AI-Deep Learning and Low-Cost Passive RF Wireless Vibratory Strain Sensors

Reamonn Soto, Taofeek Orekantorekan,
Azryana Soto
Daytona Beach, FL

Operating revenue-generating assets in harsh environments poses safety and financial risks. For example, catastrophic wind turbine blade failures are costing $1.5 billion a year to fleet owners and operators across 700,000 blades in operation globally (Wind Power Engineering, 2018), and safety incidents have increased by 22.3 percent on wind farms (Global Offshore Wind Health and Safety Organization). Sensatek discovered that passive Radio Frequency-based (RF) wireless dynamic strain sensors are a promising technology to help safely watch assets used in harsh environments, such as trending crack growth on wind turbine blades to help eliminate blade failures.

According to the team, “Some of the challenges we faced during design and development included managing customer expectations with some of the wind power companies in the face of technical constraints. Also, we experienced challenges in not being able to afford the ideal software packages to conduct CFD and FEA simulations. Nevertheless, we got really creative.”

The wireless RF vibratory strain sensors are passively powered, not requiring batteries, and are applied to the structure of interest by using a bonding method. A wireless gateway is installed nearby and is used to communicate with multiple wireless passive RF sensors and sends the data remotely to the cloud. The software application uses the data along with AI-deep learning to prioritize maintenance based on vibratory strain responses of the structure being monitored.

The passive RF vibratory strain sensor is based on a microstrip patch antenna that consists of a radiation patch, a dielectric substrate, and a ground plane. The microstrip patch antenna behaves as an antenna and a sensor whose frequency response depends on its geometry, whereas its ground plane contributes mainly to the response of the antenna sensor.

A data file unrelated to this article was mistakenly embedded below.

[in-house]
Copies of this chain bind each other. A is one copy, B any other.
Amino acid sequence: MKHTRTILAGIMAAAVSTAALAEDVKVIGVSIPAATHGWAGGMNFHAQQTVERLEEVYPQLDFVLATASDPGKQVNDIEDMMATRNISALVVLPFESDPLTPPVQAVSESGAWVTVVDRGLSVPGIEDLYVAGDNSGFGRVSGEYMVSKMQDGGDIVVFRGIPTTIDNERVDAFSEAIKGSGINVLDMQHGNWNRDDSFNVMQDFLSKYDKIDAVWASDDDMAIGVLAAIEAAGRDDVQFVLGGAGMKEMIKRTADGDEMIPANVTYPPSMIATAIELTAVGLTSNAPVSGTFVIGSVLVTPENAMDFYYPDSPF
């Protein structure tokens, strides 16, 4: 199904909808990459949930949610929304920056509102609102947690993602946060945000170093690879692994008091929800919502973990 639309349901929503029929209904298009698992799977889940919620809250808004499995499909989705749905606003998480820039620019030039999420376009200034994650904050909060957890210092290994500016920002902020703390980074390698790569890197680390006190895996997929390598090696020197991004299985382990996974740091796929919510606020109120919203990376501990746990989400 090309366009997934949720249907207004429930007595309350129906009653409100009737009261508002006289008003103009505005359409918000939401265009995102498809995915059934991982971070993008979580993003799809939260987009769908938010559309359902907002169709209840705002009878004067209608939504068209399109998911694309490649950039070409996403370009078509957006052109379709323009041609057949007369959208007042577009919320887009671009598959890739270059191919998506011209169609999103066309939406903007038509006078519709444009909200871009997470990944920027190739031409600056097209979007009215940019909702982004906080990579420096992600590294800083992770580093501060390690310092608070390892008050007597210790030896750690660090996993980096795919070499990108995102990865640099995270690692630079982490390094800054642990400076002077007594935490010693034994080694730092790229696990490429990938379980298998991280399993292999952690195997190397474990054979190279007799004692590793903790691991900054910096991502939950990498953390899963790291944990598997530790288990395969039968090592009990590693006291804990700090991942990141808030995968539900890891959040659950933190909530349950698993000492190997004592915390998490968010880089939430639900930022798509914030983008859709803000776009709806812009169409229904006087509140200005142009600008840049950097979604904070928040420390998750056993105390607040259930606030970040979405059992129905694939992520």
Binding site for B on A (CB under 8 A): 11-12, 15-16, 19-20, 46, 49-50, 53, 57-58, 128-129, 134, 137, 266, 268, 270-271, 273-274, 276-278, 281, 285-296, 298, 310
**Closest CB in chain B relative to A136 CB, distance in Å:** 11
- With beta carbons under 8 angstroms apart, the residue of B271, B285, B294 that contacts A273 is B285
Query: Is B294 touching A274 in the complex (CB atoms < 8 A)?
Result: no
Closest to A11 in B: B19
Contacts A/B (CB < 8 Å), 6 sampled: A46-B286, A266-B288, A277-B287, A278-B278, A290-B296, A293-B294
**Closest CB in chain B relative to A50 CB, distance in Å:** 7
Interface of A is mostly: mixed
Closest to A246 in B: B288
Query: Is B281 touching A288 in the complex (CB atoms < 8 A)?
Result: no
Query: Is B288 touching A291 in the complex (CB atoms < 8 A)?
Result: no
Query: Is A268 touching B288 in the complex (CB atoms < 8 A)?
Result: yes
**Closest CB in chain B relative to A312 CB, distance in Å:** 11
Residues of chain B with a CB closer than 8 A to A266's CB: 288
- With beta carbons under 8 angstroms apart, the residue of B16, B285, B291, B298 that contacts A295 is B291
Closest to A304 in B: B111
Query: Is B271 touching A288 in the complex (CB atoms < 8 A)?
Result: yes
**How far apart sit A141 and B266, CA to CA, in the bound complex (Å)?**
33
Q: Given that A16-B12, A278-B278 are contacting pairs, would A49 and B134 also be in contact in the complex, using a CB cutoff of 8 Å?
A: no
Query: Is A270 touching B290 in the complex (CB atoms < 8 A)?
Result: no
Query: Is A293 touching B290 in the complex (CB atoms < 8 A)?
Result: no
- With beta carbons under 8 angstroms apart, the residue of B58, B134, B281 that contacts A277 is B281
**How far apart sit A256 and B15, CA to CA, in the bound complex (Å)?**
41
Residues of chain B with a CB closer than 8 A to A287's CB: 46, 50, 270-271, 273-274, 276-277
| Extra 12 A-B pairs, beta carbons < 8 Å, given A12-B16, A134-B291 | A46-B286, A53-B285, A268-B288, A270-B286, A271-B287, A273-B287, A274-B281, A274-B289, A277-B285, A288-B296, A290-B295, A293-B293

As the structure experiences changes in strain stress, it causes a change in the radiation pattern of the microstrip patch antenna sensor. A miniaturized frequency-modulated continuous wave (FMCW) radar circuit is coupled with the sensor to enable dynamic interrogation of the antenna sensor enabling vibratory strain data to be generated based on the strain-stress profile of the structure the sensor is coupled to.

Competing methods such as drone inspections, wired strain gauges, acoustic monitoring, accelerometers, and vibration sensors are also used in structural monitoring applications. Those methods are expensive, results are often misdiagnosed, and require much maintenance to ensure the sensors are operational.

According to the Sensatek team, “Our solution is more effective because it monitors the damage more directly on parts such as wind turbine blades because sensors are installed in situ in hard-to-reach areas without requiring batteries or lengthy cables, further eliminating costs. Furthermore, our sensors provide information on the strain, vibration frequency, and load of the part being monitored, enabling a rich data stream that makes the AI-deep learning algorithm more robust to prioritize maintenance and safely mitigate catastrophic failures. In addition, they are manufactured for 5x less than the cost of competing solutions.”

This technology has many applications besides wind turbines and includes airframes, gas turbines, space launch vehicles, electric machines, bridges, and natural gas pipelines, presenting opportunities within the industrial, aerospace, and automotive markets. Sensatek is already seeing interest from GE, Lockheed Martin, Siemens Energy, Pratt & Whitney, and large utilities in piloting the technology.

“We are currently working with wind turbine manufacturers such as Siemens Gamesa to install sensors on some of the biggest wind turbines, especially for use on offshore wind farms,” said Reamonn Soto, Founder and CEO, Sensatek. “We are agile, working on product development in real-time while talking with customers. Hopefully, in the next 30 days we will have a pilot executed. There are seven other wind farm companies currently in our pipeline that are also identifying wind farms to test on.”

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